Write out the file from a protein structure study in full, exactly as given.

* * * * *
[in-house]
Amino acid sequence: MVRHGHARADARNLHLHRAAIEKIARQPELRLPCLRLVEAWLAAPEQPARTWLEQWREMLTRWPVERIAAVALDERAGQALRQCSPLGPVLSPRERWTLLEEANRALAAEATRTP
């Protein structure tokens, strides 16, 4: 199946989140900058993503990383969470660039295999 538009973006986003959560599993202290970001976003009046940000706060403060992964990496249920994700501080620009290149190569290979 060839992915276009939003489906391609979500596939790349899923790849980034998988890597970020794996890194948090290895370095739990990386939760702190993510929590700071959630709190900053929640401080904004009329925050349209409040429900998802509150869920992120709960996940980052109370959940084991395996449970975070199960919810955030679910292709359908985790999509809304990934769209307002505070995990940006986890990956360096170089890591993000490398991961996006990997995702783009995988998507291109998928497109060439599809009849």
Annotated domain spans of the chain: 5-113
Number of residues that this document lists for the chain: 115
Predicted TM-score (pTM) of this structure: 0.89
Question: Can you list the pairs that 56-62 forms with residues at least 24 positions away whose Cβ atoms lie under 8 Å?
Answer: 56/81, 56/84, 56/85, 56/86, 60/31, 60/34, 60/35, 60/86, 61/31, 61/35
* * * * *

[in-house]
Amino acid sequence: MVRHGHARADARNLHLHRAAIEKIARQPELRLPCLRLVEAWLAAPEQPARTWLEQWREMLTRWPVERIAAVALDERAGQALRQCSPLGPVLSPRERWTLLEEANRALAAEATRTP
């Protein structure tokens, strides 16, 4: 199946989140900058993503990383969470660039295999 538009973006986003959560599993202290970001976003009046940000706060403060992964990496249920994700501080620009290149190569290979 060839992915276009939003489906391609979500596939790349899923790849980034998988890597970020794996890194948090290895370095739990990386939760702190993510929590700071959630709190900053929640401080904004009329925050349209409040429900998802509150869920992120709960996940980052109370959940084991395996449970975070199960919810955030679910292709359908985790999509809304990934769209307002505070995990940006986890990956360096170089890591993000490398991961996006990997995702783009995988998507291109998928497109060439599809009849």
Annotated domain spans of the chain: 5-113
Number of residues that this document lists for the chain: 115
Predicted TM-score (pTM) of this structure: 0.89
Question: Can you list the pairs that 56-62 forms with residues at least 24 positions away whose Cβ atoms lie under 8 Å?
Answer: 56/81, 56/84, 56/85, 56/86, 60/31, 60/34, 60/35, 60/86, 61/31, 61/35